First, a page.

First, if you have some "rare" shots, then this is not the roll to discover and learn the pros and cons of various developers. Each developer has its own pros and cons relative to the film used, the desired characteristics, and price/convenience.

Here's one of many sites that analyze and breakdown commonly used film developers:
Choosing a B&W Film Developer | La Vida Leica!

Knowing what you shot and what you want out of the image (sharpness vs. grain vs. shadow detail) will help you decide what may be "the best" after reading that link.
Price and speed of developing are only a factor if you DIY.

In our school lab that I run, we use Kodak XTOL as it's a jack of all trades and has a good overall balance for many different types of films.
Of the choices in your case, I'd go with ID-11 for the standard tier. If you're willing to pay for a higher tier, then Xtol.

From my experience, I'd only use TMax developer with TMax film and DD-X with Ilford Delta film. There's no harm in using TMax or DD-X with other films, but they are more expensive and I haven't seen any benefit.

It takes time and a lot of trial and error to see and learn how different films are affected by different developers. Kentmere 400 is a decent "value" film, but even using Ilford HP5+ 400 would be a slight step up and I would suggest you use the same developer with different films to find your "best" or favorite and then use the same film with different developers to see which gives you the look that has the aesthetic you're looking for.

In general, Kodak chems work best with Kodak films, Ilford dev with Ilford film, etc. because they are tested and formulated for optimization. Kentmere is owned by Ilford, and is almost the same, but not identical.

And BTW, in the linked article, they often refer to one developer as comparable to another. This is because the chemical ingredients of those comparable developers are nearly identical with a very minor tweak to avoid patent infringement.
OK, let me disclose the full story to see if I can get more specific inspiration...

So it was a sunny day, and I decided to experiment with doing some rail photography (railfaning) with B/W film, something I have rarely done before, and I loaded up my LX with a roll of fresh Kentmere 400. I was not expecting that, but a "Dr. Yellow," or a track inspection train went through and I did my best to capture some shots of it (I would have used Portra 400 for this job if I expected it coming).

I managed to dig up some color shots that I have made before, to better illustrate the difference.





Basically, the standard version carries a white livery, and the inspection version has the white replaced with a dull yellow color. However, the exact composition of that day has quite a lot of sky in it. I used a Tamron 17A with no filters. I would like to emphasis that the inspection train was carrying a yellow, not white livery, and want to have the best dynamic range available.

I am not sure which developer fits the bill, nor the grain characteristics of Ketemere 400 (it was my first roll of this particular emulsion). However I am ruling out HC-110 for now because it seems that this developer focuses on enhancing contrast, and I fear that it would eat the available DR. I have never used Rodinal before, but have heard good things about it. I know that DD-X is a slight speed booster and works best with faster Delta films, but also never used it before. So far my favorite developers are Xtol and Clayton F76+ (which is not available in China), but I mostly worked with Delta films before, not the cubic grain emulsions.

Sincerely
06-27-2019, 02:31 AM   #7
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Original Poster
QuoteOriginally posted by Alex645 Quote
First, if you have some "rare" shots, then this is not the roll to discover and learn the pros and cons of various developers. Each developer has its own pros and cons relative to the film used, the desired characteristics, and price/convenience.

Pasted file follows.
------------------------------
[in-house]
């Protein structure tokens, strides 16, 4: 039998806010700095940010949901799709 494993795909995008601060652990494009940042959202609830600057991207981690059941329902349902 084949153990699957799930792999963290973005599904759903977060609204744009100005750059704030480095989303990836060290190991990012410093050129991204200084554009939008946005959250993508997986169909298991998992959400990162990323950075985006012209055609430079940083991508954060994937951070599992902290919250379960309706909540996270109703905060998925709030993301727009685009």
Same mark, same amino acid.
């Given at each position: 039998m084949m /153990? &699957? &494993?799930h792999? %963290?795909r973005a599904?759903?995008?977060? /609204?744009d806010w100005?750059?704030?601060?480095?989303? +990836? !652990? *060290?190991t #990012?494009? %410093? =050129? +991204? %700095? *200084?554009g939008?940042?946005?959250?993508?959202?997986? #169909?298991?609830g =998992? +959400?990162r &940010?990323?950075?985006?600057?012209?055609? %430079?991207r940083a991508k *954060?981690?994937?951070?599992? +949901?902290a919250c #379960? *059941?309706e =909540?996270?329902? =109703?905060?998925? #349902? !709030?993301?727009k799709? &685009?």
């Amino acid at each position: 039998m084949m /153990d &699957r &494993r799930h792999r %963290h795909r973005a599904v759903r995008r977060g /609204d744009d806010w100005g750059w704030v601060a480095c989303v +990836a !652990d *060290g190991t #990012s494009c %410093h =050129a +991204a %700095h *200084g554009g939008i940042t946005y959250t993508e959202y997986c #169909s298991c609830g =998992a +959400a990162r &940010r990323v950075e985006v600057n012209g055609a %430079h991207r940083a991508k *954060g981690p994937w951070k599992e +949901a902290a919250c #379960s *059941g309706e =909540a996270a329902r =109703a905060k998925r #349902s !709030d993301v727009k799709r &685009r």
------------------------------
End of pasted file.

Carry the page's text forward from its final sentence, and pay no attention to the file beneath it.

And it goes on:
Here's one of many sites that analyze and breakdown commonly used film developers:

Choosing a B&W Film Developer | La Vida Leica!



Knowing what you shot and what you want out of the image (sharpness vs. grain vs. shadow detail) will help you decide what may be "the best" after reading that link.

Price and speed of developing are only a factor if you DIY.



In our school lab that I run, we use Kodak XTOL as it's a jack of all trades and has a good overall balance for many different types of films.

Of the choices in your case, I'd go with ID-11 for the standard tier. If you're willing to pay for a higher tier, then Xtol.



From my experience, I'd only use TMax developer with TMax film and DD-X with Ilford Delta film. There's no harm in using TMax or DD-X with other films, but they are more expensive and I haven't seen any benefit.



It takes time and a lot of trial and error to see and learn how different films are affected by different developers. Kentmere 400 is a decent "value" film, but even using Ilford HP5+ 400 would be a slight step up and I would suggest you use the same developer with different films to find your "best" or favorite and then use the same film with different developers to see which gives you the look that has the aesthetic you're looking for.



In general, Kodak chems work best with Kodak films, Ilford dev with Ilford film, etc. because they are tested and formulated for optimization. Kentmere is owned by Ilford, and is almost the same, but not identical.



And BTW, in the linked article, they often refer to one developer as comparable to another. This is because the chemical ingredients of those comparable developers are nearly identical with a very minor tweak to avoid patent infringement.


But I am getting a flat rate for each tier i.e. I pay the same price for DD-X and Xtol, since they are both the “premium” tier service. In this case is there an advantage of DD-X?


06-27-2019, 03:04 AM   #8
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QuoteOriginally posted by butangmucat Quote
But I am getting a flat rate for each tier i.e. I pay the same price for DD-X and Xtol, since they are both the “premium” tier service. In this case is there an advantage of DD-X?
I would favor Xtol in your case as DD-X is best for higher ISO, pushing film, and can be a bit more contrasty, while Xtol will give you finer grain. If you were shooting Ilford Delta 400 rated at 1600 or Delta 3200 @ EI 3200, then I'd go with DD-X.

But not Delta and Kentmere 400 shot at 400 ISO? Then Xtol.